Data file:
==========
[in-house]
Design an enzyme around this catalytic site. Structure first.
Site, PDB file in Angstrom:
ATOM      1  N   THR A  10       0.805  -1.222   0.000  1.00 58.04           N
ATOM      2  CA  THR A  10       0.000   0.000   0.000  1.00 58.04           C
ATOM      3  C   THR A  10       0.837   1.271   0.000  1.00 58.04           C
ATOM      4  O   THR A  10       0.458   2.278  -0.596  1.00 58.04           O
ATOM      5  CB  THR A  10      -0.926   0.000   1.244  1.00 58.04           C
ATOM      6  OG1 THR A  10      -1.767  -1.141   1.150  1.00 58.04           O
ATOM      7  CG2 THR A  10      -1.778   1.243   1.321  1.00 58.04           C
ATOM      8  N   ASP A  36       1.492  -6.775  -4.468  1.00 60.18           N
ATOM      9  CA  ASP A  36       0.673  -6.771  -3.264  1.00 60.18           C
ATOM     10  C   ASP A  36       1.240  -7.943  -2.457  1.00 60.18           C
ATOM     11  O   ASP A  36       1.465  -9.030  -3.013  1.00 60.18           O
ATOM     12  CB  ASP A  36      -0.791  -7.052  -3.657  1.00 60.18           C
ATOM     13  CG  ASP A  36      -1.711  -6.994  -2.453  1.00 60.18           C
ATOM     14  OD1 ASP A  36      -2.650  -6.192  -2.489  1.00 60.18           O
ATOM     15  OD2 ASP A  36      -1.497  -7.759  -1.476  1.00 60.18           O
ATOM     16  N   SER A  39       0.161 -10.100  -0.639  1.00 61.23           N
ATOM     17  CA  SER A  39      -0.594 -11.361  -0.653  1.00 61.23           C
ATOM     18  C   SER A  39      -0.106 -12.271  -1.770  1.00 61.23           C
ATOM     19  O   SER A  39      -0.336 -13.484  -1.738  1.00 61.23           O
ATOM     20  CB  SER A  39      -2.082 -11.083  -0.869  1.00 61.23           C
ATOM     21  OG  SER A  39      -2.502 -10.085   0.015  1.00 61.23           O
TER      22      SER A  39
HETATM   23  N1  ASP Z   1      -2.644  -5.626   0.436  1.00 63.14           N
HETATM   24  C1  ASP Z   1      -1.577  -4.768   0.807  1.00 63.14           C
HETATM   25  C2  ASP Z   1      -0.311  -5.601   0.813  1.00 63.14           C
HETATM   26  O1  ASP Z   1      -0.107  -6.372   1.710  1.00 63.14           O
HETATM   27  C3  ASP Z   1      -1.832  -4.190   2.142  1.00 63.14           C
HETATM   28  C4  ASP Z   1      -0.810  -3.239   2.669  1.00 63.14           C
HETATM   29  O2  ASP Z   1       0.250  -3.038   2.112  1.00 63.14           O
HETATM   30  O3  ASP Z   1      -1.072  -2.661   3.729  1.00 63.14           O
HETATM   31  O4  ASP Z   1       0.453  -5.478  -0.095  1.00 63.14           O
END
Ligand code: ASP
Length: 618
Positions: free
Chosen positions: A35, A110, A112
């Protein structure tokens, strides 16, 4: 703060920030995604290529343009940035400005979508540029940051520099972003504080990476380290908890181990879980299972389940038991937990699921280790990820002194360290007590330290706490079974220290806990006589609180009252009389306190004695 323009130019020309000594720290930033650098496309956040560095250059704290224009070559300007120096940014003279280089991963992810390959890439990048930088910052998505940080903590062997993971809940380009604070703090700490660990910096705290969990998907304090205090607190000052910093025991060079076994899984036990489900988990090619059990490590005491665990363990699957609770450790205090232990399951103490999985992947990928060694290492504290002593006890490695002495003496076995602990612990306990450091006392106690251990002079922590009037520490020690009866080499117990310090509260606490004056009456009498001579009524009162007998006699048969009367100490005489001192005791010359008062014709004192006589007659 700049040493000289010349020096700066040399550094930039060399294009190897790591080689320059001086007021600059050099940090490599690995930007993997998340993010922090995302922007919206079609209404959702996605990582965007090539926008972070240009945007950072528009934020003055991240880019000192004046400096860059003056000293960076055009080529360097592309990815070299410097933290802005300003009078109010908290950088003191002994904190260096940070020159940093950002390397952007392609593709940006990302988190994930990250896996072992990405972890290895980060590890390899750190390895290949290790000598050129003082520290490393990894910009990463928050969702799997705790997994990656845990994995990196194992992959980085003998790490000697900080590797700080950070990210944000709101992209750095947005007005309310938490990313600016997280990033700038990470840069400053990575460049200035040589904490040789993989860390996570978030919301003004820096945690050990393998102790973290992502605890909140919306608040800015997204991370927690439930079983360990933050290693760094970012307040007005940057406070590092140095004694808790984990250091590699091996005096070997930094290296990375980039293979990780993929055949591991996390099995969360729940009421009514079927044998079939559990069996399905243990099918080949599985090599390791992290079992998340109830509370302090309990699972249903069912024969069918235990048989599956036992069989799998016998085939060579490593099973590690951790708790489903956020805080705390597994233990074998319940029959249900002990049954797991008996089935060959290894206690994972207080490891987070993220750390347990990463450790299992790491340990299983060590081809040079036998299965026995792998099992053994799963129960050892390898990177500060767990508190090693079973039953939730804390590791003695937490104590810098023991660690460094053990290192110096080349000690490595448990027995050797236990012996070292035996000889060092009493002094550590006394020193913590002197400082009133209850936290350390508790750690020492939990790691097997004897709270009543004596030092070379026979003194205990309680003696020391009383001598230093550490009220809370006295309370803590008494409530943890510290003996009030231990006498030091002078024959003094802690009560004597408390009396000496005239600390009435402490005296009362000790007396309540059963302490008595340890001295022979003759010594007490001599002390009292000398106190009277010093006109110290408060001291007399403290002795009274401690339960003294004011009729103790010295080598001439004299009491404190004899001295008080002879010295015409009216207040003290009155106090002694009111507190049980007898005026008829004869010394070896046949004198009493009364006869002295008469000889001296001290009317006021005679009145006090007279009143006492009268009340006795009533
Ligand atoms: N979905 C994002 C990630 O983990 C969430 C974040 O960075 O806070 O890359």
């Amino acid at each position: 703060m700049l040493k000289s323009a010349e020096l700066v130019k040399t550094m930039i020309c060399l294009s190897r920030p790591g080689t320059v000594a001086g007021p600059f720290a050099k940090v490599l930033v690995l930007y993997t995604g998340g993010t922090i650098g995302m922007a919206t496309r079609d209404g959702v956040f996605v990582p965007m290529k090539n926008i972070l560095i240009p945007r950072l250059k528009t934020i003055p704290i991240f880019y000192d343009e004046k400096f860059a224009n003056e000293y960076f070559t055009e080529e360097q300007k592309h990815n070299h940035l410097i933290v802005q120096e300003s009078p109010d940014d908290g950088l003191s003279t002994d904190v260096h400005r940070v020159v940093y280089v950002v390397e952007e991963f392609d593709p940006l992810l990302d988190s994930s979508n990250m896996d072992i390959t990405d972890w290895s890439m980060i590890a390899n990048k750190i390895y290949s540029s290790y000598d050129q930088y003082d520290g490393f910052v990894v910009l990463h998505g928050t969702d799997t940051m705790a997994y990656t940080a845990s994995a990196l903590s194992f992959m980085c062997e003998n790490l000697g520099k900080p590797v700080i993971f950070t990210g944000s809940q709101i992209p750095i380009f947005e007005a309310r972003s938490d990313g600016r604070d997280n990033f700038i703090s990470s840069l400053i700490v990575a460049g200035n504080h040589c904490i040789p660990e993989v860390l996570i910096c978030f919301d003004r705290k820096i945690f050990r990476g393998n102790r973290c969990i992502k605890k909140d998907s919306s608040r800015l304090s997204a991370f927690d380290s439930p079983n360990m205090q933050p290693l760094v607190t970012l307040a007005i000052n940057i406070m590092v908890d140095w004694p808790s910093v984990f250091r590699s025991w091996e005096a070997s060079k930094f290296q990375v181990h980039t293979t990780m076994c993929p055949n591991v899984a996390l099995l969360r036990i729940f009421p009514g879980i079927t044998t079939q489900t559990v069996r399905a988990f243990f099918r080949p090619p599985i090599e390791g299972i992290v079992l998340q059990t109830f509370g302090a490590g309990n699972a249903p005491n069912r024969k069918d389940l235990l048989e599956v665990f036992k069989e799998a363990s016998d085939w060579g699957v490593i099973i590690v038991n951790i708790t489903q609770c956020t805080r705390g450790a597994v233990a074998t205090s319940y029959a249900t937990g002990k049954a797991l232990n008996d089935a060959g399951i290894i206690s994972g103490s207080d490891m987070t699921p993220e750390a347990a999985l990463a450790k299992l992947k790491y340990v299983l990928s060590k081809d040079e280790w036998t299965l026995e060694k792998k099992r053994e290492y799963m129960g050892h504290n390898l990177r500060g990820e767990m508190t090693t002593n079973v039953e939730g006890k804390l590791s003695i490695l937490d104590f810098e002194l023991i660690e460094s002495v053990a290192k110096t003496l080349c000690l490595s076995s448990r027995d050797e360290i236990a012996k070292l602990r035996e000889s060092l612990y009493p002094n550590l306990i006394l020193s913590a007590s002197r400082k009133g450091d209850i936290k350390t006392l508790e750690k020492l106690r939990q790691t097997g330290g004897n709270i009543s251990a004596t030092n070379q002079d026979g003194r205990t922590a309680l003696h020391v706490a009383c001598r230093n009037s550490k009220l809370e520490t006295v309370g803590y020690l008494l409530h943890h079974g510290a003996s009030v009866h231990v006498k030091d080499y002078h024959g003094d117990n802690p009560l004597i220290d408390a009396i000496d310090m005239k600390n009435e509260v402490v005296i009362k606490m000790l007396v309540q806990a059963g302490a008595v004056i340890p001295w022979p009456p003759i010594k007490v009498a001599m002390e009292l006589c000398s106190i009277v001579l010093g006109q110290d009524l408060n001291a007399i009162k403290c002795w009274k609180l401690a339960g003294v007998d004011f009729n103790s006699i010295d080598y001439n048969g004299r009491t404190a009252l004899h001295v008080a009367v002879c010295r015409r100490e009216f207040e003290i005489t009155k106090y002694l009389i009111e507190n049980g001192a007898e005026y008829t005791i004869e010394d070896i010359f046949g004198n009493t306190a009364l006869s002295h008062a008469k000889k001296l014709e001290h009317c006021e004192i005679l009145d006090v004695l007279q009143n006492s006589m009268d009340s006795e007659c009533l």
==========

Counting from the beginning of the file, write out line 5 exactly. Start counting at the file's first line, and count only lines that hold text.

ATOM      2  CA  THR A  10       0.000   0.000   0.000  1.00 58.04           C